This genealogy of American violence suggests the West as an extension of a mechanism long set in motion, always going to break in the singular, inevitable way it could have.
At its best Castagnet’s debut work artfully skirts overt philosophizing about mind-body relations and necropolitics, keeping this slim speculative novel at an athletic pace and leaving ample room for us to explore its marvelous world for ourselves.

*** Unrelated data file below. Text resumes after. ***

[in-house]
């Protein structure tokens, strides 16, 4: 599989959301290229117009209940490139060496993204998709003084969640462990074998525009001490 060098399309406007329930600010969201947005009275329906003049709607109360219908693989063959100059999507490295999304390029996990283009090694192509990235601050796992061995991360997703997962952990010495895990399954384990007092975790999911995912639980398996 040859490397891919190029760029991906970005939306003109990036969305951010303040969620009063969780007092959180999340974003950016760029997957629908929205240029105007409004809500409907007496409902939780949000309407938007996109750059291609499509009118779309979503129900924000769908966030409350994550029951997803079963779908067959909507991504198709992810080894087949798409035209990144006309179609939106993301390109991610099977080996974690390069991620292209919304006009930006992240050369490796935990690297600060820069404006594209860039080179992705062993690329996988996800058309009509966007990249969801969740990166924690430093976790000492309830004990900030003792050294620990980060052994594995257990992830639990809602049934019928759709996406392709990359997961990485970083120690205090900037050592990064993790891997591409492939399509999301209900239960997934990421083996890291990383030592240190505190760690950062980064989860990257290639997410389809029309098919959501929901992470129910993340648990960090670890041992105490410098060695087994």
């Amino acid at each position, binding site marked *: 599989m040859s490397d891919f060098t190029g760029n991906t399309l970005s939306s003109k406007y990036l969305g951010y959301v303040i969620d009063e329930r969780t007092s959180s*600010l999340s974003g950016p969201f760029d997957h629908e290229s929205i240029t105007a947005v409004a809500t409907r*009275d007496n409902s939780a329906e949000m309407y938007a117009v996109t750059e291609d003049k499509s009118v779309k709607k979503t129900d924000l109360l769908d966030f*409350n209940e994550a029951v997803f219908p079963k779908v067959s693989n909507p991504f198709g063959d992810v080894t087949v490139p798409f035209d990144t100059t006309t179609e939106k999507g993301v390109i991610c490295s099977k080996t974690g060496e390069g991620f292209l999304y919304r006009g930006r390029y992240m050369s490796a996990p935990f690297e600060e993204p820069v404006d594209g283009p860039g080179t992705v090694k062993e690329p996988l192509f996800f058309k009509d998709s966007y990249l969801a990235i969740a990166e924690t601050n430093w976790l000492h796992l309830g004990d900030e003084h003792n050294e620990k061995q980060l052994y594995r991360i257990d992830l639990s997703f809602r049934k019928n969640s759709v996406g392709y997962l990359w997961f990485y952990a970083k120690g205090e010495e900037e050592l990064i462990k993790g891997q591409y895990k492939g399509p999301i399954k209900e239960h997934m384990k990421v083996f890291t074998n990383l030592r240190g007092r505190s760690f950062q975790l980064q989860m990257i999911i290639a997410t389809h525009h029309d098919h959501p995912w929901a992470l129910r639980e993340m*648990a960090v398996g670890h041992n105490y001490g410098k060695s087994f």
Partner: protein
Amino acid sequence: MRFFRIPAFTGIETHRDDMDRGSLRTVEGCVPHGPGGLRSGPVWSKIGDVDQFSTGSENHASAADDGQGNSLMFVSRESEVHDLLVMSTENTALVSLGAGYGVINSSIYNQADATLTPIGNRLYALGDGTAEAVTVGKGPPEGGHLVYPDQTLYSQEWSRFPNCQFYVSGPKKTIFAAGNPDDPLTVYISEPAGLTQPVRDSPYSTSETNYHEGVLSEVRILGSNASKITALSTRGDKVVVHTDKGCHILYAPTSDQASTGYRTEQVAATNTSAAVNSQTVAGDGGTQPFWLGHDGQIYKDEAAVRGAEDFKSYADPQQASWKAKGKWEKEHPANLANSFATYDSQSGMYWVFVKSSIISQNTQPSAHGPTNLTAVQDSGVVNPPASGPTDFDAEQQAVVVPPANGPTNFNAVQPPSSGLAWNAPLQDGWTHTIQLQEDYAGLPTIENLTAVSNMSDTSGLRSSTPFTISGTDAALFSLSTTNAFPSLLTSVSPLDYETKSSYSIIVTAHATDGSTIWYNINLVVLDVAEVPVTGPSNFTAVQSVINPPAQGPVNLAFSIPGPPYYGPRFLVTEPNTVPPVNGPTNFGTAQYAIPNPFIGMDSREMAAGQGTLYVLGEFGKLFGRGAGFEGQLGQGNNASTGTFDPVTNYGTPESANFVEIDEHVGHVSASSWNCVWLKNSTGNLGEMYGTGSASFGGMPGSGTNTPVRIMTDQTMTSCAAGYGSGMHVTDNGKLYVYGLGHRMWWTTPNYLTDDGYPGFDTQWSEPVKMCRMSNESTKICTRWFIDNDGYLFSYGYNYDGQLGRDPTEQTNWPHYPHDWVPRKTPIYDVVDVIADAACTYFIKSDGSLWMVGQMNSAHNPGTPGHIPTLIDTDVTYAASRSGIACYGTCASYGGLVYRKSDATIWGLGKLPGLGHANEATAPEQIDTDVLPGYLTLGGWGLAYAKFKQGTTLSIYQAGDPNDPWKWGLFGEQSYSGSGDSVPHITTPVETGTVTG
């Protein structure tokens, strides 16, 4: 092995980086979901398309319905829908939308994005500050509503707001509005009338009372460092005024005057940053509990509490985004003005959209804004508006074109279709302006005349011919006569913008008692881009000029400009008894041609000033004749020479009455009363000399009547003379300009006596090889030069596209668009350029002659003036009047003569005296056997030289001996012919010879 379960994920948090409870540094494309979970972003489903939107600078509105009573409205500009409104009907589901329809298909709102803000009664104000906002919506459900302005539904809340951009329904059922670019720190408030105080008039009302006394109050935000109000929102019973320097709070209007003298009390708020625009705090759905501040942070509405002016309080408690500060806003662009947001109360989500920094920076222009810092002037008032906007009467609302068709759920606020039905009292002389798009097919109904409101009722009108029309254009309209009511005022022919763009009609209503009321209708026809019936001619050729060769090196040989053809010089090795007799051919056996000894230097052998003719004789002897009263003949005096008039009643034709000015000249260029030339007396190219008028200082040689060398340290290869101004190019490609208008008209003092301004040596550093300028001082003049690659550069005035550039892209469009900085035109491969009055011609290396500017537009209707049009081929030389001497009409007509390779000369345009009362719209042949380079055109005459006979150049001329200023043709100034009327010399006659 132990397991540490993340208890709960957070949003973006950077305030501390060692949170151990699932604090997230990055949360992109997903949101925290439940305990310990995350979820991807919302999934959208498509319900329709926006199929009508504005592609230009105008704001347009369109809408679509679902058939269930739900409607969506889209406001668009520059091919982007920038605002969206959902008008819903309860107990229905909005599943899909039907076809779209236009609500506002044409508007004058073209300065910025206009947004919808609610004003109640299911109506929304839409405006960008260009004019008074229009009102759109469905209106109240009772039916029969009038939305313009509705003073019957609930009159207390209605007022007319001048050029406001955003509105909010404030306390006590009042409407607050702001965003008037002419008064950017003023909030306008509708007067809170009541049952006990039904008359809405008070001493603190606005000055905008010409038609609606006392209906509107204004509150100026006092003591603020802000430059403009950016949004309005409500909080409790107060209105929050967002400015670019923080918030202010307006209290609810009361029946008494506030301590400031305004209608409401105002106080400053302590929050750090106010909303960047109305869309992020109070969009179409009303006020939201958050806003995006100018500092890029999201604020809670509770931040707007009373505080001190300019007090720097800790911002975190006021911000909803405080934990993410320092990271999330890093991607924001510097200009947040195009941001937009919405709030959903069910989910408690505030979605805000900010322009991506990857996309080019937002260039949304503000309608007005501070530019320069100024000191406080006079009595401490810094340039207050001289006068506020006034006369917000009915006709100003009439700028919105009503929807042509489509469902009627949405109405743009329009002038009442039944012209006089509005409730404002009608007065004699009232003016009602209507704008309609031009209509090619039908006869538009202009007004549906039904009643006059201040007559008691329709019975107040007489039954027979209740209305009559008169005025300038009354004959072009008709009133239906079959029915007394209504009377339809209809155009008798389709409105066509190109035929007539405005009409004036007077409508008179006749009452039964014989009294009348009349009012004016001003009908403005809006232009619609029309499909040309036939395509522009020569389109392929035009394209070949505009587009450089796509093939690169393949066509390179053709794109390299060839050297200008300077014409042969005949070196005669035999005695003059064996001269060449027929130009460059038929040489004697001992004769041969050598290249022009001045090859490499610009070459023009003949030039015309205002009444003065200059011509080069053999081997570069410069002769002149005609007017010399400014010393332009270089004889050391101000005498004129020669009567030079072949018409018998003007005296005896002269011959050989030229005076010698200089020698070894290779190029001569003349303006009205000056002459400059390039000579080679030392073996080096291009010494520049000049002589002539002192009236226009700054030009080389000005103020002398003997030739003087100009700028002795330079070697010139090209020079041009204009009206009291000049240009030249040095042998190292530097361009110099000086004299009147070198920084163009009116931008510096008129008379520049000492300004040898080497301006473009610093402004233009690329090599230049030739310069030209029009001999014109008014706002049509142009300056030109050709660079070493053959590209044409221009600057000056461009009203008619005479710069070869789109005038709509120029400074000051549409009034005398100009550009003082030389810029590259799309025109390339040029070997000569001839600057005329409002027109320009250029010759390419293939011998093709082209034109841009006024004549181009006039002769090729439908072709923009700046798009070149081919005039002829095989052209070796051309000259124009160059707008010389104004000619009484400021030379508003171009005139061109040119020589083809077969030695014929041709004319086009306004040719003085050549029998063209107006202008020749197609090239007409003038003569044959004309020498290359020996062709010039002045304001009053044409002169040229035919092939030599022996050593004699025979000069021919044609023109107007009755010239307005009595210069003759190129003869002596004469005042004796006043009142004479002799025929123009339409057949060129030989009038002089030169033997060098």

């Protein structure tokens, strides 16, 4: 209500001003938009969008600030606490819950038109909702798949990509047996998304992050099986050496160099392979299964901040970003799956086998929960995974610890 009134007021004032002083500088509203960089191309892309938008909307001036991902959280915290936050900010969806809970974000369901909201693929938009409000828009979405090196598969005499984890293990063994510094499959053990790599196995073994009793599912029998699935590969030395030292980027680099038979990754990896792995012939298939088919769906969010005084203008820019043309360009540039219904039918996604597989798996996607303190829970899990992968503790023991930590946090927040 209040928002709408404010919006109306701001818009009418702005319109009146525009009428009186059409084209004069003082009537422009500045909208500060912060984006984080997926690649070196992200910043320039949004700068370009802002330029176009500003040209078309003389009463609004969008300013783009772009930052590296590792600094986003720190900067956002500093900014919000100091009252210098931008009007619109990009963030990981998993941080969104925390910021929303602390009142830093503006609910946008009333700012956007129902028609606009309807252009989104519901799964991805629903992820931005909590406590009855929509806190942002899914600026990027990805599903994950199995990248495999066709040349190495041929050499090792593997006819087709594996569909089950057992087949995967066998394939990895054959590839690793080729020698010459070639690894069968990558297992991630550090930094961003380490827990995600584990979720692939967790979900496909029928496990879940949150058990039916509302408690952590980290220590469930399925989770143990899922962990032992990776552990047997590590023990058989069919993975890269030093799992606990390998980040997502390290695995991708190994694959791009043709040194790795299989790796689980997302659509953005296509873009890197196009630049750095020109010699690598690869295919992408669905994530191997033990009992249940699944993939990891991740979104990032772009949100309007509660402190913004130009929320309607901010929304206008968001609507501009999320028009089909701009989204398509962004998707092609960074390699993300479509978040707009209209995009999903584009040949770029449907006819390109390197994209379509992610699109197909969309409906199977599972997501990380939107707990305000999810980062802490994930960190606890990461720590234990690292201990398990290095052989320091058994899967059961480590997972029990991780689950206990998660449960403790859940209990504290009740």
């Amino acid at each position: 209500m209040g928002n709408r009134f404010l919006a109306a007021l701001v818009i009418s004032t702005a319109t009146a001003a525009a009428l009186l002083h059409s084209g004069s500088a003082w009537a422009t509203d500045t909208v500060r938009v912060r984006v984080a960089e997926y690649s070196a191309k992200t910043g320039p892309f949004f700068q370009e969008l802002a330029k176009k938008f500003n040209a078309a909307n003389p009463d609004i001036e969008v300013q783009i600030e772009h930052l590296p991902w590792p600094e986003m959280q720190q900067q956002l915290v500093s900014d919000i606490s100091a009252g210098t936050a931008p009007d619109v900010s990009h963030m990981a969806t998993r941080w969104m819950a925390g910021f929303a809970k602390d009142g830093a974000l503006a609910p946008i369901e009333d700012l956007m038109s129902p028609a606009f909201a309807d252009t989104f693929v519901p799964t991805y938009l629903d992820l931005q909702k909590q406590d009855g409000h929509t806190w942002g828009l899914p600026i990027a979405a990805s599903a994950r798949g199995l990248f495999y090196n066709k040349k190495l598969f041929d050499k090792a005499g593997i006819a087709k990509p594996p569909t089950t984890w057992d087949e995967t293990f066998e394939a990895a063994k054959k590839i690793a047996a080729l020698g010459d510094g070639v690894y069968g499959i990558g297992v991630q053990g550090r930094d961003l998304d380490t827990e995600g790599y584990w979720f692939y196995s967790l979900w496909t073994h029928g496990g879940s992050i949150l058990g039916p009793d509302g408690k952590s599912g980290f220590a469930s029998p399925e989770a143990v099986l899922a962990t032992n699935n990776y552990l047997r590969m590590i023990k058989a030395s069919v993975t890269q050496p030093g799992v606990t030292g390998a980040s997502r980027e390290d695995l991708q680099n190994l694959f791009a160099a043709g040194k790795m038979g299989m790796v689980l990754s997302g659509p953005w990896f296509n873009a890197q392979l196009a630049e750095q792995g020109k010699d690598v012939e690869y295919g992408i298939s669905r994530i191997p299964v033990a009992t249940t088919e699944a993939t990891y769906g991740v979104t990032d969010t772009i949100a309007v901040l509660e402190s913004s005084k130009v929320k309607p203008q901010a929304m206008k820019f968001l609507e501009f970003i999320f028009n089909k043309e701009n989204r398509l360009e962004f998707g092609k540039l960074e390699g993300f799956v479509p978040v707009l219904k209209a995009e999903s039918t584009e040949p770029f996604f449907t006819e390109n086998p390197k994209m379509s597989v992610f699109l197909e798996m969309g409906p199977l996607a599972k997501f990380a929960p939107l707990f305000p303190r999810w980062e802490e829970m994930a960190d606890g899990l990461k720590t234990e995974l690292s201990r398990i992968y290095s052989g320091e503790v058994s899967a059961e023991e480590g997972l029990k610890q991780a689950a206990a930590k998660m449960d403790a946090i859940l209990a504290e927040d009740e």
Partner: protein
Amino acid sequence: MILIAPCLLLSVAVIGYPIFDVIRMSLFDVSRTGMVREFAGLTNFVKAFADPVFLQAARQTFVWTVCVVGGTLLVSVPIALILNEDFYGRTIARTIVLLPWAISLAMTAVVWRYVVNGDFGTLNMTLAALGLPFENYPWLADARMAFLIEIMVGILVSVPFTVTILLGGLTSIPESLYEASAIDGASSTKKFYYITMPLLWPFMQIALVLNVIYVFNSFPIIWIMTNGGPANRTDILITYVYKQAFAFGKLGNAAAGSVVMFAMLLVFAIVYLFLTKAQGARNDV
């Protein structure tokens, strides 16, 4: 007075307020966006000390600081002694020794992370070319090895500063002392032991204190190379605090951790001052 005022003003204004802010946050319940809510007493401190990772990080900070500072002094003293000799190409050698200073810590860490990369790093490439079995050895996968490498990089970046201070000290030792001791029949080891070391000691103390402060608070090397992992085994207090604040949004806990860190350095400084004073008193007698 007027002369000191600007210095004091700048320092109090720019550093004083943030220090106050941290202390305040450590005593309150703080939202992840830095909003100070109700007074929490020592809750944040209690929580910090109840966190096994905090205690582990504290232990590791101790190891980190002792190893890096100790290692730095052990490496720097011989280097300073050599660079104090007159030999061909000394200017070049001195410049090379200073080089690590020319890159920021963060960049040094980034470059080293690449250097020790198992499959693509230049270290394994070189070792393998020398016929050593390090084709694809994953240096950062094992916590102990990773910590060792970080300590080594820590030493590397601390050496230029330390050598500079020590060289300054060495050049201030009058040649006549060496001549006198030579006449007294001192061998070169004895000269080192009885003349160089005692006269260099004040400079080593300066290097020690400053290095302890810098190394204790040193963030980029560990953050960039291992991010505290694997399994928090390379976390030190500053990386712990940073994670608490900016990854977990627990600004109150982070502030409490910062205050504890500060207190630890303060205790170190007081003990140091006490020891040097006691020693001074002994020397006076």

Rebellion in Patagonia revealed a tragedy of the highest order, no doubt. But it’s in the story of the book and what happened to its author that we find the farce.
The novel’s power, in large part due to its sequencing of events, lies in the sense that the first chapter’s point of jadedness becomes inevitable, a naturally unnatural response to a lifetime of thwarted dreams.
With our own era’s debates on science, truth, and the merit of religion, THE WILLOW KING makes us appreciate how much, and how little, have changed in the intervening three hundred years.